Christ’s presence in Christians
"Christ is alive." This is the great truth which fills our faith with meaning. Jesus, who died on the cross, has risen. He has triumphed over death; he has overcome sorrow, anguish and the power of darkness. “Do not be terrified” was how the angels greeted the women who came to the tomb. “Do not be terrified. You are looking for Jesus of Nazareth, who was crucified. He has risen; he is not here” (Mk 16:6 gospel of Easter Sunday Mass). “This is the day which the Lord has made; let us rejoice and be glad in it” (Ps 117:24 ; gradual of the Mass: Haec est dies quam fecit Nininus, exultemus et laetemur in ea).
Easter is a time of joy - a joy not confined to this period of the liturgical year, for it should always be present in the Christian's heart. For Christ is alive. He is not someone who has gone, someone who existed for a time and then passed on, leaving us a wonderful example and a great memory. No, Christ is alive. Jesus is the Emmanuel: God with us. His resurrection shows us that God does not abandon his own. He promised he would not: “Can a woman forget her baby that is still unweaned, pity no longer the son she bore in her womb? Even these may forget, yet I will not forget you” (Is 49:14-15). And he has kept his promise. His delight is still to be with the sons of men (cfr. Prov 8:31).
Christ is alive in his Church. “I tell you the truth: it is to your advantage that I go away, for if I do not go away, the Counsellor will not come to you; but if I go, I will send him to you” (Jn 16:7). That was what God planned: Jesus, dying on the cross, gave us the Spirit of truth and life. Christ stays in his Church, its sacraments, its liturgy, its preaching-in all that it does.
In a special way Christ stays with us in the daily offering of the holy Eucharist. That is why the Mass is the center and source of Christian life. In each and every Mass the complete Christ, head and body, is present. Per Ipsum et cum Ipso et in Ipso. For Christ is the way; he is the mediator; in him we find everything. Outside of him our life is empty. In Jesus Christ, and taught by him, “we dare to say: Our Father.” We dare to call the Lord of heaven and earth our Father. The presence of the living Christ in the host is the guarantee, the source and the culmination of his presence in the world.
Christ is alive in Christians. Our faith teaches us that man, in the state of grace, is divinized-filled with God. We are men and women, not angels. We are flesh and blood, people with sentiments and passions, with sorrows and joys. And this divinization affects everything human; it is a sort of foretaste of the final resurrection. “Christ has risen from the dead, the first-fruits of those who have fallen asleep. For since by a man came death, by a man also comes resurrection of the dead. For as in Adam all die, so in Christ all will be made to live” (1 Cor 15:20-22).
Christ's life is our life, just as he promised his Apostles at the last supper: “If anyone love me, he will keep my word, and my Father will love him, and we will come to him and make our home with him”( Jn 14:23). That is why a Christian should live as Christ lived, making the affections of Christ his own, so that he can exclaim with St Paul: “It is now no longer I that live, but Christ lives in me” (Gal 2:20; Non vivo ego, vivit vero in me Christus)."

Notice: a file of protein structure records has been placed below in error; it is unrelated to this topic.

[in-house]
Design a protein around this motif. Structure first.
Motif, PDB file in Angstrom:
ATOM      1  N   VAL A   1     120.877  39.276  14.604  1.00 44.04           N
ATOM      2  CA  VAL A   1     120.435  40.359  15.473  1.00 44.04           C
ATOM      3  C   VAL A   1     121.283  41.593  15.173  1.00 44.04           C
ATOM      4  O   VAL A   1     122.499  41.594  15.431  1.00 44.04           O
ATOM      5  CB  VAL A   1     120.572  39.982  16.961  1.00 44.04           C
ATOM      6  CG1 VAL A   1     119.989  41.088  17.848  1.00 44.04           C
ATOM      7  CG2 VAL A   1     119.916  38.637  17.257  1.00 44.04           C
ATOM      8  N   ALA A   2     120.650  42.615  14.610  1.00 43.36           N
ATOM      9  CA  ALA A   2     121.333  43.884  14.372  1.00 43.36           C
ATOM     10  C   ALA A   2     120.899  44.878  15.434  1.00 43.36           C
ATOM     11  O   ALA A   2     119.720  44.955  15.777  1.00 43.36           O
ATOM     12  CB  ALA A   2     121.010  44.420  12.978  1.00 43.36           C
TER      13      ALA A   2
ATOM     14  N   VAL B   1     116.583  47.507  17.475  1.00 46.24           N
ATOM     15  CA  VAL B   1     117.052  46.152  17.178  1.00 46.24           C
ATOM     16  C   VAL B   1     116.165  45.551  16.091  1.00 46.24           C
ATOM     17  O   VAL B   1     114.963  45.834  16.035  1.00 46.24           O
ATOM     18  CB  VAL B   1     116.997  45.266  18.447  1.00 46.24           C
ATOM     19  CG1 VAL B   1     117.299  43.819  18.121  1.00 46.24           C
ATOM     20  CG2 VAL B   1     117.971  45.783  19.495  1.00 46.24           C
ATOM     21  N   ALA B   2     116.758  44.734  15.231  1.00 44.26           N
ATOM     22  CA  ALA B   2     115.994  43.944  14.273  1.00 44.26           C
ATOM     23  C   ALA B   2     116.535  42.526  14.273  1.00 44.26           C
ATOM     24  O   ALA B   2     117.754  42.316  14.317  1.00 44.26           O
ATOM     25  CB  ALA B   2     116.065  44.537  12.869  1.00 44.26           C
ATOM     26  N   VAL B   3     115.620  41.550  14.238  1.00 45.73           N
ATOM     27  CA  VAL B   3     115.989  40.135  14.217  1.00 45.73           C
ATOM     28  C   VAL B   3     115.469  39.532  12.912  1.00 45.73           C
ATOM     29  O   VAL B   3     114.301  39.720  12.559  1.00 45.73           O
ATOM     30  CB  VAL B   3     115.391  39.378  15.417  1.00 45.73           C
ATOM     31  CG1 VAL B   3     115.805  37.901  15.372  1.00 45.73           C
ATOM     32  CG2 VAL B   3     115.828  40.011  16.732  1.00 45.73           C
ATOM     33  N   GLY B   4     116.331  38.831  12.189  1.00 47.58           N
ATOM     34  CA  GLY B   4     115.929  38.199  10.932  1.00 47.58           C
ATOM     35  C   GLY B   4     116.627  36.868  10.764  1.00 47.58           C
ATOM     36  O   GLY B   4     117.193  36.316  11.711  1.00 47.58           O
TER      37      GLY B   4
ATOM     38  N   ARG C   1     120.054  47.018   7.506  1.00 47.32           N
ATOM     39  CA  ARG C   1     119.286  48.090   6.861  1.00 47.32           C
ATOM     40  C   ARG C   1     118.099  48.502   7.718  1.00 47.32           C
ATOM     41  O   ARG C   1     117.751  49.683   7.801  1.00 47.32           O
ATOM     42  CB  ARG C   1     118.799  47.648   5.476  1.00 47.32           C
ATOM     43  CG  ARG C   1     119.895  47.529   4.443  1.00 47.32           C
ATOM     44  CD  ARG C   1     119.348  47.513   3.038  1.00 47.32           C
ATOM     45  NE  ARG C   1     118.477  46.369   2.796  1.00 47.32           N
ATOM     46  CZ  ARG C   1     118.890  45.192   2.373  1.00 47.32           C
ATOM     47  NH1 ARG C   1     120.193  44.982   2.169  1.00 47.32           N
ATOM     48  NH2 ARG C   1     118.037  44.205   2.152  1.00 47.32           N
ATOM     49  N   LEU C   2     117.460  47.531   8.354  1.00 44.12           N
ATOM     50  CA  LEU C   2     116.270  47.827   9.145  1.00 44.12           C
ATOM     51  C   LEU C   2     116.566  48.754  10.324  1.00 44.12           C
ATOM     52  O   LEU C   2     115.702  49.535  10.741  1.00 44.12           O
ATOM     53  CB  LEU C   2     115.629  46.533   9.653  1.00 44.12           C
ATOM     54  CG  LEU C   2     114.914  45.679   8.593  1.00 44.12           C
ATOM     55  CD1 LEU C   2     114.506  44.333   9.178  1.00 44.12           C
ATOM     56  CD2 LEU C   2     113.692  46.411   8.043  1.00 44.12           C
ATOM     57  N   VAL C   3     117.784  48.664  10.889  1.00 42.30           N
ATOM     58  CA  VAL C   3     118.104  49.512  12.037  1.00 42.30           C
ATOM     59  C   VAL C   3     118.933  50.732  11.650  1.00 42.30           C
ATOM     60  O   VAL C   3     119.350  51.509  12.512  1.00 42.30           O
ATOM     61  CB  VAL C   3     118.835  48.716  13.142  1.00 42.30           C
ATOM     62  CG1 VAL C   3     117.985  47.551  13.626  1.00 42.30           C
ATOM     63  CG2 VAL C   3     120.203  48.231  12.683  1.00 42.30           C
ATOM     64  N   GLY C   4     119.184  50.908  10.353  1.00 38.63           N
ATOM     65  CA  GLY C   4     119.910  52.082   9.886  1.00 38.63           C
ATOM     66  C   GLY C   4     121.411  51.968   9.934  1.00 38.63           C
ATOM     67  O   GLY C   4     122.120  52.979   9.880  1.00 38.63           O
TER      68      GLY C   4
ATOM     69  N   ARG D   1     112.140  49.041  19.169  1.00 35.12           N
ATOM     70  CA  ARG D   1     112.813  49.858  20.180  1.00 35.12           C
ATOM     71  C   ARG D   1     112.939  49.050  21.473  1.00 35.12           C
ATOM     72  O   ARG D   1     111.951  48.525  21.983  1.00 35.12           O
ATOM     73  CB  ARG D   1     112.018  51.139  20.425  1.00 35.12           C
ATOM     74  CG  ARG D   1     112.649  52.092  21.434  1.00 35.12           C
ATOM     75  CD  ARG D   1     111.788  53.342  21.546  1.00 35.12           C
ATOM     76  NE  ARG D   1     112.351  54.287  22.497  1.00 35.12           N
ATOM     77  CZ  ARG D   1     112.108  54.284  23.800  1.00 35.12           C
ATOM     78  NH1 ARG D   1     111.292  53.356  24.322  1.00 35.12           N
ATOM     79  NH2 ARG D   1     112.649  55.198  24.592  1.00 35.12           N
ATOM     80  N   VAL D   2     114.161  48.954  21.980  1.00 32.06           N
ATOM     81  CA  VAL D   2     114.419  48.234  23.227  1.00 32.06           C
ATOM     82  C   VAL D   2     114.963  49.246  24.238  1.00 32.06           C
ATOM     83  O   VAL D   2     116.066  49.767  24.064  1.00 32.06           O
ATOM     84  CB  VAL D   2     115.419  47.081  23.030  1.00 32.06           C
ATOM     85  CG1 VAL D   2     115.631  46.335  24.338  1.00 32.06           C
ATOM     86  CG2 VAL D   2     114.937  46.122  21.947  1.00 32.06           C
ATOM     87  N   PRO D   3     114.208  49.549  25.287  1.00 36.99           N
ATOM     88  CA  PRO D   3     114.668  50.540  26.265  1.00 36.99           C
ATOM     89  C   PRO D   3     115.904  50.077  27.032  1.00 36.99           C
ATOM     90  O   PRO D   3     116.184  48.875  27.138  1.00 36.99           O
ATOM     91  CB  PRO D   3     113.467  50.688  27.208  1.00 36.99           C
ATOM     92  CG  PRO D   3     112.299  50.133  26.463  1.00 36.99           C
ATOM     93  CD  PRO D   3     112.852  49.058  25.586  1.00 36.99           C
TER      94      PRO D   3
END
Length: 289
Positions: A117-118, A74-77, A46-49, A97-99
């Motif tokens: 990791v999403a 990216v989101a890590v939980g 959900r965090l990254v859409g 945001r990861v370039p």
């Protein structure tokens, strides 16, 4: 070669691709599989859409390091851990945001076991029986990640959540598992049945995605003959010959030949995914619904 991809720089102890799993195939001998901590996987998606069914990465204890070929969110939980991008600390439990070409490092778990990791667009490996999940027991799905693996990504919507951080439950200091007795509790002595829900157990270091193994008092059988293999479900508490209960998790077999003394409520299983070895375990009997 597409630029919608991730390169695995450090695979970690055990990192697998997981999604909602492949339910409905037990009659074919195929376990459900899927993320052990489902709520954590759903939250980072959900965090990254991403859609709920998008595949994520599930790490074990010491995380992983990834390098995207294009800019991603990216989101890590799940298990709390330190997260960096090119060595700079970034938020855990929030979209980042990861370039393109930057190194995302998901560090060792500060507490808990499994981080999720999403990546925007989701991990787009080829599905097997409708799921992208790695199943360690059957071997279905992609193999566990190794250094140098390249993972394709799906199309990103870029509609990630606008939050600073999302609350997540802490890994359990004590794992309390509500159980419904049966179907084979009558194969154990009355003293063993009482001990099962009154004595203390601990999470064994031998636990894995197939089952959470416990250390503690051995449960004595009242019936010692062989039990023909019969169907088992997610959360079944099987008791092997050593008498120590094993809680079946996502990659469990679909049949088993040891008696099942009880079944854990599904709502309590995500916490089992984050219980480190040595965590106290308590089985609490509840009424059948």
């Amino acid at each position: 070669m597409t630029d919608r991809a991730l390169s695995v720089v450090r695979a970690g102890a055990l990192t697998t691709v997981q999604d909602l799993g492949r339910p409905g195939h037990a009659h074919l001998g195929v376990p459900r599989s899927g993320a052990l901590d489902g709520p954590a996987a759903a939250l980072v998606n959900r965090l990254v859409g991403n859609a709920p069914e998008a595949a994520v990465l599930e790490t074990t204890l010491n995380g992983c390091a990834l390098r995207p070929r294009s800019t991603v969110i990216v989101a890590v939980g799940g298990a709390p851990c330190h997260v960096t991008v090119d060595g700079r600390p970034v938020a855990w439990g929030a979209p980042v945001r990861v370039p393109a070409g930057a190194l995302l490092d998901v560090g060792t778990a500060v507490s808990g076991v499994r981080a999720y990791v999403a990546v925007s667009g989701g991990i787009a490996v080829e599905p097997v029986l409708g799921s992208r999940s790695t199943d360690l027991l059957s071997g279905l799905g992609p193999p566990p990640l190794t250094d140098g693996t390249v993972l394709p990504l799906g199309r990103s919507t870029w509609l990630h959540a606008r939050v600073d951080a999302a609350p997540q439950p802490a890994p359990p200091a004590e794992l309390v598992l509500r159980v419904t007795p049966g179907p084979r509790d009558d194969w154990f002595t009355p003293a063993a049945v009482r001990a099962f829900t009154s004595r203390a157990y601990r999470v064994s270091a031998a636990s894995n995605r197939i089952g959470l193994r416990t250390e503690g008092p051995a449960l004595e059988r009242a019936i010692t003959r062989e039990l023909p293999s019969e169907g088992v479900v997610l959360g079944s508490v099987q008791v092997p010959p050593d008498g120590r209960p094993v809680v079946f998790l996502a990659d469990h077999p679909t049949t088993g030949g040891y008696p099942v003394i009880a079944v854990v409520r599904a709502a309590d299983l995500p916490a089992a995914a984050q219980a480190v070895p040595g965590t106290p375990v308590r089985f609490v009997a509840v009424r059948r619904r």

(Blessed Josemaria Escriva, Christ is Passing By nn. 102-103)
Blessed Josemaria Escriva, the founder of Opus Dei, opened a new path of holiness in the Catholic Church, teaching that men and women can achieve holiness by performing their work and daily duties with a Christian spirit. Josemaria Escriva was born in Barbastro, Spain, on January 9, 1902. Ordained in 1925, he began his ministry in a rural parish, and afterward in Saragossa. In 1927 Fr. Josemaria moved to Madrid to obtain his doctorate in law. There, on October 2, 1928, during a retreat, he saw what it was that God was asking of him: he founded Opus Dei. From that time on he began to work on the development of Opus Dei while he continued his priestly ministry, particularly to the poor and sick. In 1946 Blessed Josemaria took up residence in Rome. There he obtained a doctorate in Theology from the Lateran University. Blessed Josemaria Escriva died in Rome on June 26, 1975. When he rendered up his soul to God, Opus Dei had spread to five continents, with over 60,000 members of 80 nationalities. Thousands of people, including a third of the bishops from around the world, requested that the Holy See open his cause of beatification and canonization. After an exhaustive examination of Msgr Escriva's life and work - a process lasting nearly 10 years - the Pope beatified him on May 17, 1992, in St. Peter's Square.
God our Father, you chose Blessed Josemaria to proclaim the universal call to sanctity and apostolate in the Church. By his example and prayers, grant that in faithfully carrying out our daily work in the Spirit of Christ, we may be formed in the likeness of your Son, and together with the most Blessed Virgin Mary, serve the work of redemption with an ardent love. We ask this through our Lord Jesus Christ, your Son, who lives and reigns with you and the Holy Spirit, one God, for ever and ever.
Prepared by the Spiritual Theology Department